Listening Experience: The Leaf Library – Daylight Versions

From the moment I got Daylight Versions, I have been playing it over and over. I bought it on the strength of a single song I heard on The Leaf Library’s Bandcamp page. For once, my instincts were right. The band traffics in the type of atmospheric, motorik  pop pioneered by Neu! and popularised by Stereolab, though this London based quartet have far more warmth and humanity.

The opening three songs “Asleep between Stations,” “Tilting” and “Slow Spring” form a triumvirate of gorgeous pop music which provides a hint of the band’s strengths. Firstly, there are Kate Gibson’s vocals, which are responsible for much of the album’s immediate appeal. Sweet and restrained, her voice gives the words texture and depth and sounds more developed than on earlier recordings. It is this emotional element which takes the band’s sound beyond the Stereolab comparison. Moreover, the backing vocals have a swinging, sing-song feel which contrasts with, and adds tension to, Gibson’s steadier delivery. The saxophone at the end is unexpected and welcome.

“Tilting” veers more toward indie and could have worked as a more stripped back affair. That the band wove additional layers into the song is to their credit. Again, Gibson’s voice is a crucial part of the overall sound, sounding vulnerable yet not fey. It is simply open and inviting in a way music of this style rarely is. “Slow Spring” ups the groove somewhat. Over a lolloping beat, probably the most danceable on the album, the band manage to be both tight and spacious, further establishing their ability to write and record memorable pop.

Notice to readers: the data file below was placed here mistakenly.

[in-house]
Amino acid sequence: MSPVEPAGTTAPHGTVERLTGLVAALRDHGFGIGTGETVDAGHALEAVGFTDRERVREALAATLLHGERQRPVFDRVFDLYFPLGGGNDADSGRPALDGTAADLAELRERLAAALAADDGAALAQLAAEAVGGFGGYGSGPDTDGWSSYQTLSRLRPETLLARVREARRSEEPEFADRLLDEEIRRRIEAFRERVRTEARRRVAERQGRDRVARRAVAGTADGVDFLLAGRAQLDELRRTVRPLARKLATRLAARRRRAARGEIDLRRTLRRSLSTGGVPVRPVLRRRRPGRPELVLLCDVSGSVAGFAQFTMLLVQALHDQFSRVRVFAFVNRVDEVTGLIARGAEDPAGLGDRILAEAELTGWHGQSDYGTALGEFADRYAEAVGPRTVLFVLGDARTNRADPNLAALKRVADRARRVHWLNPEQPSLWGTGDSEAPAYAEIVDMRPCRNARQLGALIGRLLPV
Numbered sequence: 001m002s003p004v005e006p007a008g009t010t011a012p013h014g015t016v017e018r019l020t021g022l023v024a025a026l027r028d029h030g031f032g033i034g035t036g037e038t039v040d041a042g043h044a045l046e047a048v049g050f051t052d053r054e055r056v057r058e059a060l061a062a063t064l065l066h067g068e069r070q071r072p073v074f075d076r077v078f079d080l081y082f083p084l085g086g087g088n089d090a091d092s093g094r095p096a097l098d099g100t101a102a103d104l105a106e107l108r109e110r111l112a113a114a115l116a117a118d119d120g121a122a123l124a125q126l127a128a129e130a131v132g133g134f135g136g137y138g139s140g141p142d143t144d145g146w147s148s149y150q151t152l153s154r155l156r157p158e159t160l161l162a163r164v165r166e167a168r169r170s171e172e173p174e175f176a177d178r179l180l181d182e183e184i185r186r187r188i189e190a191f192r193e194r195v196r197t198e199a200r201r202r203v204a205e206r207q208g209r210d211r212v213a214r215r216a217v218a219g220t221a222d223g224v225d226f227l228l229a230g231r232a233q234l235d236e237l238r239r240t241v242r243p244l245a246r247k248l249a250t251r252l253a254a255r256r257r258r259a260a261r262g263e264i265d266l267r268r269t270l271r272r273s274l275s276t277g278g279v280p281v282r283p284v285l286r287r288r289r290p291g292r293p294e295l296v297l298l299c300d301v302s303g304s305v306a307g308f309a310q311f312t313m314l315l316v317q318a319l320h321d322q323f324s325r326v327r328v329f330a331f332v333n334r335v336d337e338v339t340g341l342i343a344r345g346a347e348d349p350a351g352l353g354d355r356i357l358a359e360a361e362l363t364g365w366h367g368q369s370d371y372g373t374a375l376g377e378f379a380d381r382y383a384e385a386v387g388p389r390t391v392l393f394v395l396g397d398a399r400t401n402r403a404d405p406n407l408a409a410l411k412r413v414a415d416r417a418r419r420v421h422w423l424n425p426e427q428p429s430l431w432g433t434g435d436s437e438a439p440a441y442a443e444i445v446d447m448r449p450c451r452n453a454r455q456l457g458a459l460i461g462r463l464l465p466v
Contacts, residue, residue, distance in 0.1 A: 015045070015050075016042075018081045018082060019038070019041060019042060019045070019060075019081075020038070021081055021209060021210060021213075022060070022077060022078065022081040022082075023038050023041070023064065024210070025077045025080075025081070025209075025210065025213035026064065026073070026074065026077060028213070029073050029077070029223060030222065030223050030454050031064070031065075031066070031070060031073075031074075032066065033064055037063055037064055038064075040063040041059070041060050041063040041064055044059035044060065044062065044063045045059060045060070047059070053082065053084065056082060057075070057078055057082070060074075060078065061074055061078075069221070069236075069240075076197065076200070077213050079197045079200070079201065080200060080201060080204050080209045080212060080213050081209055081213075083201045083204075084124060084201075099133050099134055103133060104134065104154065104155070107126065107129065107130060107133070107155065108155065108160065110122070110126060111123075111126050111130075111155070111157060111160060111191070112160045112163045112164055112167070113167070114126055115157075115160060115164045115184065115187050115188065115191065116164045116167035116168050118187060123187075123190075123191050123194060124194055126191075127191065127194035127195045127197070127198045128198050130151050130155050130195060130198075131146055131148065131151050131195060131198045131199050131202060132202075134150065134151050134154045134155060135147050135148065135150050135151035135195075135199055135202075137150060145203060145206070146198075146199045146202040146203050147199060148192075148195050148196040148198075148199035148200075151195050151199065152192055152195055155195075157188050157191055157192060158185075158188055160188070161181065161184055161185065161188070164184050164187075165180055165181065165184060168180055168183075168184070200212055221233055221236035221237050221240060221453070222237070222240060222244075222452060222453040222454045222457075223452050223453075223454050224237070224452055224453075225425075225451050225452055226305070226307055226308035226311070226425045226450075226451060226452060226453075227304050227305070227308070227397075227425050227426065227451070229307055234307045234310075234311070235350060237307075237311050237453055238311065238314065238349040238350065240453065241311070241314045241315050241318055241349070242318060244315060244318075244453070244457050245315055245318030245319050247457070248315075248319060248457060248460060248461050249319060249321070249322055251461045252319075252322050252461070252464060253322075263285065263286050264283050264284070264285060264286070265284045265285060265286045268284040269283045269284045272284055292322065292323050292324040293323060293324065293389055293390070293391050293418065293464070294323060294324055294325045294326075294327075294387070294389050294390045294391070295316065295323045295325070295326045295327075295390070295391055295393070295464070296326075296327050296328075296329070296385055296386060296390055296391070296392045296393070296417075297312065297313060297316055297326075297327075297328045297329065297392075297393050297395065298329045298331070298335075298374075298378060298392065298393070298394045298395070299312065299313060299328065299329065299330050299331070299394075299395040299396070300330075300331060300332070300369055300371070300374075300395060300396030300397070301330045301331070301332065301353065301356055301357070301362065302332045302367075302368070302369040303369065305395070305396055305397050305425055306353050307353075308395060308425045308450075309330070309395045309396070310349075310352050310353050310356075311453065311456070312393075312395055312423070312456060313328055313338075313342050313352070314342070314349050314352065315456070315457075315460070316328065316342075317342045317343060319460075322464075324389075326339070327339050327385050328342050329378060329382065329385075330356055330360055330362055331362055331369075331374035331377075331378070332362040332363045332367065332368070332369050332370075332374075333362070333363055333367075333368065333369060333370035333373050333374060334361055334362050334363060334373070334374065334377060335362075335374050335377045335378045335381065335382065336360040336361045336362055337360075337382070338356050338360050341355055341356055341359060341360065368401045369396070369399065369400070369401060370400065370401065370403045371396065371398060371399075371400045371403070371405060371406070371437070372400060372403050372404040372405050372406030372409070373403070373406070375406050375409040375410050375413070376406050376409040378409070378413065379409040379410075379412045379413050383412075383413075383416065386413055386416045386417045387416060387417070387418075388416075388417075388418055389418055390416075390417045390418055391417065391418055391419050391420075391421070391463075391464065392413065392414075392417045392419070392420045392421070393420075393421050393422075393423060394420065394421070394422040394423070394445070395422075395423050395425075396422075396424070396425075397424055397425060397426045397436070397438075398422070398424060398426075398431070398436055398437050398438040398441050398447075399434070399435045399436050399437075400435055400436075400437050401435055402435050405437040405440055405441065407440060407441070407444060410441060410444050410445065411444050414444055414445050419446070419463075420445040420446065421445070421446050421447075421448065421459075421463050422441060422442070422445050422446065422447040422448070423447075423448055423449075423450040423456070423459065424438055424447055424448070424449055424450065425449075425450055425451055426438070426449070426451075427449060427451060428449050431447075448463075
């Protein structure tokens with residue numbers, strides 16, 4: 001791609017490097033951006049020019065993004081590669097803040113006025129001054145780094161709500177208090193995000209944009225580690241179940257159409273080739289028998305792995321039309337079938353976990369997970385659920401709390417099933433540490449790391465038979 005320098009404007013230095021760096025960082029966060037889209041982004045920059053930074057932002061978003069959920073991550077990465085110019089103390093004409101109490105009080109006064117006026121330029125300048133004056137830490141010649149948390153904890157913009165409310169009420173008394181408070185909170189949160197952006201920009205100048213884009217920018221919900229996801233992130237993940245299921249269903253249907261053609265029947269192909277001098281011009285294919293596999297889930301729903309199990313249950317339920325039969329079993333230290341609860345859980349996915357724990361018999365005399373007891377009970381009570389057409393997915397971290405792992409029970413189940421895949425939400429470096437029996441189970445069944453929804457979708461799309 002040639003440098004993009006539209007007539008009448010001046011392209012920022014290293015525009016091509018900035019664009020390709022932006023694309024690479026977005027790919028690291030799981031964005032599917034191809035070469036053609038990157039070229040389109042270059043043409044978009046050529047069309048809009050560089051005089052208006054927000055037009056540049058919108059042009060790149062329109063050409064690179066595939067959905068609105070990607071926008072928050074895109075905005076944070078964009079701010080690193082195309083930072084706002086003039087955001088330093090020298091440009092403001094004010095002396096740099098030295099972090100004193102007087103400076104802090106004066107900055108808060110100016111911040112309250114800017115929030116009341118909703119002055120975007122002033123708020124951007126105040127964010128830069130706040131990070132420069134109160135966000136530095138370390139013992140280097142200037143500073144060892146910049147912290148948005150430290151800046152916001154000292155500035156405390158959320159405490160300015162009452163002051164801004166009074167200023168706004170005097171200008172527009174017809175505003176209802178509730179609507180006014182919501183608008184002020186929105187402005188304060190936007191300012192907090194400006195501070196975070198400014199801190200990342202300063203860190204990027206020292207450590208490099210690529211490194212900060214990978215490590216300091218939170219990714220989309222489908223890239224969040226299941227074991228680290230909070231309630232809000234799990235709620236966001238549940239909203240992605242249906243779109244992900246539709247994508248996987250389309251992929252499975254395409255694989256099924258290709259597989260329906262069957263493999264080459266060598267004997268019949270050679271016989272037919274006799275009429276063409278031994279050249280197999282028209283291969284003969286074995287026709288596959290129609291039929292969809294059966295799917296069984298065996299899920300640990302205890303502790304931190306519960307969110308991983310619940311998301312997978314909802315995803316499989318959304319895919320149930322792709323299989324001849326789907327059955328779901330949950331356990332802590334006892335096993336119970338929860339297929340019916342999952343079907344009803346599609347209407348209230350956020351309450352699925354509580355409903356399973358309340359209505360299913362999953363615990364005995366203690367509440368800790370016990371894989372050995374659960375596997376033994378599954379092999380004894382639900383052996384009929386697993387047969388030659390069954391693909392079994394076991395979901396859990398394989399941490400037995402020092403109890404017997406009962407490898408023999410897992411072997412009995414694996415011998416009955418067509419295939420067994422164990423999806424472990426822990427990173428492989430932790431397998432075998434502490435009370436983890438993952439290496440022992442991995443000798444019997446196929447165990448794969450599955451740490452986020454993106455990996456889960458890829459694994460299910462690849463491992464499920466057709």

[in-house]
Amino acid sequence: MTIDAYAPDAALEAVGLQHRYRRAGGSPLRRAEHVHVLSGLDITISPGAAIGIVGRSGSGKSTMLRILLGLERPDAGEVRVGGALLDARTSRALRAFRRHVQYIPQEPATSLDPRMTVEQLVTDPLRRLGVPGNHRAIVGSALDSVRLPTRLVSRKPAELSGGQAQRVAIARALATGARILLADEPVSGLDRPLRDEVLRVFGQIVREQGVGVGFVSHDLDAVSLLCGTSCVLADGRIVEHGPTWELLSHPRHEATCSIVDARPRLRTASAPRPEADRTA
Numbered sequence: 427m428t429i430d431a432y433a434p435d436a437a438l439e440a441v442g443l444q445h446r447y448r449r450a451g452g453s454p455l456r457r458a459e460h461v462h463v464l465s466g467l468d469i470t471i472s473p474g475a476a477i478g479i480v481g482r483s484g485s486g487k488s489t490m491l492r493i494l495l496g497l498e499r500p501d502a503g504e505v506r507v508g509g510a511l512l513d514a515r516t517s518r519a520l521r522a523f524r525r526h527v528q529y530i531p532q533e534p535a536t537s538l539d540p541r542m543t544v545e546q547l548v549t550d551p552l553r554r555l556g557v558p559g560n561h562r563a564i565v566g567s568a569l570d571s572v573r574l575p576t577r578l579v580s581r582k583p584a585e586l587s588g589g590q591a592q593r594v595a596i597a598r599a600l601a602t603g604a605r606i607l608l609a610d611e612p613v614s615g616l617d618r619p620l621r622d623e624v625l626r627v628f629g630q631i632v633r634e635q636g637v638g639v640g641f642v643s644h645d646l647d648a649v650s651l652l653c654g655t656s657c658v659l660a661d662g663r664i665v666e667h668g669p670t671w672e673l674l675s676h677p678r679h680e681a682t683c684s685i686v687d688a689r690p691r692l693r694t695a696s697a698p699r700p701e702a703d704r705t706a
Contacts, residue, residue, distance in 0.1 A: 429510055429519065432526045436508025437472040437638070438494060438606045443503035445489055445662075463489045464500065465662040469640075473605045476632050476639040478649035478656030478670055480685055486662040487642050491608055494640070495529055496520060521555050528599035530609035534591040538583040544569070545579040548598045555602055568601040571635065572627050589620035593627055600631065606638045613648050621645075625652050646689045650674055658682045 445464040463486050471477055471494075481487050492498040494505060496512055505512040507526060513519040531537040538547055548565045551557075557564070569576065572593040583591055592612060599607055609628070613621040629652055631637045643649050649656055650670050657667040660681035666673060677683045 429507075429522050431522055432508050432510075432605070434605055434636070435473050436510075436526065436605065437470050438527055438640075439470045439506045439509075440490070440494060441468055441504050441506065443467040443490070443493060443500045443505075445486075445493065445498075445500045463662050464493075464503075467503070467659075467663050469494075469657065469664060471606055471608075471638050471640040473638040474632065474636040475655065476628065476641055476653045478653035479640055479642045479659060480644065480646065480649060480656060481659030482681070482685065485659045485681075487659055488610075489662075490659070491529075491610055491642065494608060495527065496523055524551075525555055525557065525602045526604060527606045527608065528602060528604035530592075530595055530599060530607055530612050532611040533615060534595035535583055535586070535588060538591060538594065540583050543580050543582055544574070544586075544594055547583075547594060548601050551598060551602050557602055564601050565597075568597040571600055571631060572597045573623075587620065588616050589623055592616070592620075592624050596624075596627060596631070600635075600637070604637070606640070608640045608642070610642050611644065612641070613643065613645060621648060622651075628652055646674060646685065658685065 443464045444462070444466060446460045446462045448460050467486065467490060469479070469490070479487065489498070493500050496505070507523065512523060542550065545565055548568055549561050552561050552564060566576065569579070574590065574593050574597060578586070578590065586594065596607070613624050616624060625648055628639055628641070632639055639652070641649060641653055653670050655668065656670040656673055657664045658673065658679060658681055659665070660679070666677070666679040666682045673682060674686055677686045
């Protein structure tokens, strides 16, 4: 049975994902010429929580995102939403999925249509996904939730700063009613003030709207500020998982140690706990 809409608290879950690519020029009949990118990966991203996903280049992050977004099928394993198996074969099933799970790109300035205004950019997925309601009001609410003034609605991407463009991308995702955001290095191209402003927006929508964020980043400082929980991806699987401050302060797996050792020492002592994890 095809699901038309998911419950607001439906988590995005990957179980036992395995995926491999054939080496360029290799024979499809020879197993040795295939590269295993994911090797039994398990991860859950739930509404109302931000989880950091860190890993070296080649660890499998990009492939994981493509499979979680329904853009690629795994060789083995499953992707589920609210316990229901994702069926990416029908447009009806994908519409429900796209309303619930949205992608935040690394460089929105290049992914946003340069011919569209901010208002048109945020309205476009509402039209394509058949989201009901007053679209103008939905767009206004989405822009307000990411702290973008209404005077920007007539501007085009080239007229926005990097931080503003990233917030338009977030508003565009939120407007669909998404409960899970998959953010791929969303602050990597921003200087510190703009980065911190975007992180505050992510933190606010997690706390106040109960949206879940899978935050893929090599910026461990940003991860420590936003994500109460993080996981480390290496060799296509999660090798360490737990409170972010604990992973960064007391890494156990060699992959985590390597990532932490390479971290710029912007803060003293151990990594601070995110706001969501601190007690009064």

The band are not opposed to experimenting within the realms of their style. “Acre” and “Sailing Days”, which come after the aforementioned first three songs, are both spacious and menacing, built around haunting vocal melodies and muted, squalling feedback washes. These tracks, perhaps the most atmospheric on the album, play to another of the band’s strengths – the combination of acoustic/organic sounds with the electronic. A later track “Summer Moon” has a certain folk feel without sounding out of place. The final song “Evening Gathers” manages to straddle the space between indie and modern classical without being anywhere near as pompous as that sounds.

At the risk of making this review a track-by-track run down, I need to mention “Rings of Saturn”, the stand-out song among a collection of brilliant songs. The band pull all the elements which have been touched on both Daylight Versions and on their debut Different Activities, Similar Diversions – the krautrock rhythms, the delicate harmonies, brooding arpeggios and the drone to create a masterpiece of dream pop. As much as I can pick out constituent parts, it is its completeness and self-assurance which make this a great song.

Throughout Daylight Versions, the band manage to balance the difficult act of forging a unique, signature style without sounding monotonous. The variety comes from details. Just as zooming in on a fractal throws up entrancing, mesmerising intricacies, the songs have an abundance of finely crafted moments to intrigue the listener. Also, like a fractal, the music is gorgeous from a distance and remains endlessly  so as you plumb the depths of its layers. This is an album to fall in love to, to fall in love with, to put on and fall and fall – never feeling like you’ll reach the earth.

Feature image by Kretzschmar

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